The party decided
The Party Decides is a 2008 political science book, which argues that presidential nominations in the US are controlled by party establishments. This used to be literally true, but the book's claim is that since popular primaries were introduced in the 1960s and 70s, the parties have developed ways to support their chosen candidate, who usually ends up winning even when they weren't initially favoured by voters.
It's come in for a bit of a pasting in the last year and a half, for pretty obvious reasons: the Republican Party establishment did not want Donald Trump, and they signalled that very clearly, and yet. You can read various bits of musing about that here, here and here.
What if the party did get what it wanted?
There was a time when Trump looked like he might run a campaign that was unusual ideologically as well as rhetorically. He talked about raising taxes on the rich, increasing Social Security benefits and expanding government-provided healthcare; on more 'cultural' issues he was not only much more crude but also much more substantively anti-immigration, importantly including legal immigration, than the Republican establishment. He was an anti-intervention, 'America First' isolationist on foreign policy. This is not a great platform: it's essentially the kind of traditionalist welfarism that fuels the Front National in France or UKIP in Britain. (Some of the time, anyway - UKIP is famously changeable on most issues.) But it's also clearly not the ideology of the mainstream Republican Party.
These unorthodoxies were mostly gone by the end of the primary campaign, forgotten about by the end of the general election, and are completely non-existent by now. Attorney General Jeff Sessions is down on the border launching an immigration crackdown, focused wholly on irregular immigration and even then on enforcement measures that don't directly disrupt business operations. Trump didn't seem particularly interested in the healthcare bill that died in Congress a couple of weeks ago, but he's not interested in much; he was publicly and privately supporting a bill which would massively cut taxes for the wealthy and strip 24 million people of health insurance. He's declared a policy of regime change in Syria and is happily presiding over the same kind of militarist drumbeat that led up to the invasion of Iraq.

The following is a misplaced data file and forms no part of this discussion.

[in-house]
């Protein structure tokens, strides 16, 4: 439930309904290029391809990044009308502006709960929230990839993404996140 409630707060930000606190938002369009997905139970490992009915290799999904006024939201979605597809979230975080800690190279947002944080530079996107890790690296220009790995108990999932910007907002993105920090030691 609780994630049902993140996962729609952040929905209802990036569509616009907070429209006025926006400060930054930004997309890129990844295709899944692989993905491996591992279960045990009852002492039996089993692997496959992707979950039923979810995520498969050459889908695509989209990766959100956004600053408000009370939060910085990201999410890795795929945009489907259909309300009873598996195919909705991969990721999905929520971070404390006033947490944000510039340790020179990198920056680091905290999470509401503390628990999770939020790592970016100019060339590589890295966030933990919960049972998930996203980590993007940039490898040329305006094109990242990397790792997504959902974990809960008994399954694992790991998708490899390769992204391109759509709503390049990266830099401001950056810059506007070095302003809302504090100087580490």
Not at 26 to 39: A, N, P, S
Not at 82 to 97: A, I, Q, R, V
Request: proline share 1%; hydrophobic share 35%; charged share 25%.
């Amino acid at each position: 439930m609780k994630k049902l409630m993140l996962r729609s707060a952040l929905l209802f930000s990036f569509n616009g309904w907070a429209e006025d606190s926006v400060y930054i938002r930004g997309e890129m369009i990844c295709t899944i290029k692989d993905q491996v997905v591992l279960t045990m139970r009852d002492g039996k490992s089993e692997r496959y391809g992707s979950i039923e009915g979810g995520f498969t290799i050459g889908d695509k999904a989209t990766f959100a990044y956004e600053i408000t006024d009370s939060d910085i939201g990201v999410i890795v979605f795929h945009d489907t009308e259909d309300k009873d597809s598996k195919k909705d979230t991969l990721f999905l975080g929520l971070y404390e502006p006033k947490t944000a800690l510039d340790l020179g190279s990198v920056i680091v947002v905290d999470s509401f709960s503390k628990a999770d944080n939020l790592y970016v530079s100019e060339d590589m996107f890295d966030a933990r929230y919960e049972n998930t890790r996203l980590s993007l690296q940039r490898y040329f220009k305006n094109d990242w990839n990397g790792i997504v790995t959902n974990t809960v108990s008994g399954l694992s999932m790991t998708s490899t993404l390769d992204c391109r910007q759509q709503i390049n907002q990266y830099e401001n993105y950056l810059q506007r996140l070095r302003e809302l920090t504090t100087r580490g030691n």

None of this is an accident. Even if party establishments can't control who gets votes in primaries, partisanship is the engine of American politics. People change their issue stances based on their party identification. Policy advisors, political staffers and even journalists progress by becoming affiliated with and known within party circles. You can, if you have a lot of money and a bottomless desire to make outrageous subtext text, launch a hostile takeover via a party primary. But in the end, you still need the party. You need its regular voters - the ones who don't care enough to vote in primaries and have no great enthusiasm for you in particular - to get you over the line, so you can't afford to diverge very much from the standard ideological formula. You need its congressional representatives not to turn their institutional firepower on you, so you can't alienate them or reject their priorities. You need people to do your comms and write your bills, and the party is the only place you'll get them, so - whatever you want - your bills won't end up that different from what any other president from your party would have proposed.
The Republican Party didn't get to decide who'd be its nominee, but by a variety of formal and informal mechanisms it was able to enforce Republican ideology on whoever that nominee was. If not in quite the way The Party Decides envisions, the establishment is in the driver's seat, and we have a White House which - though probably more openly bigoted, and certainly more of a circus - is doing roughly what you'd expect a Republican White House to do.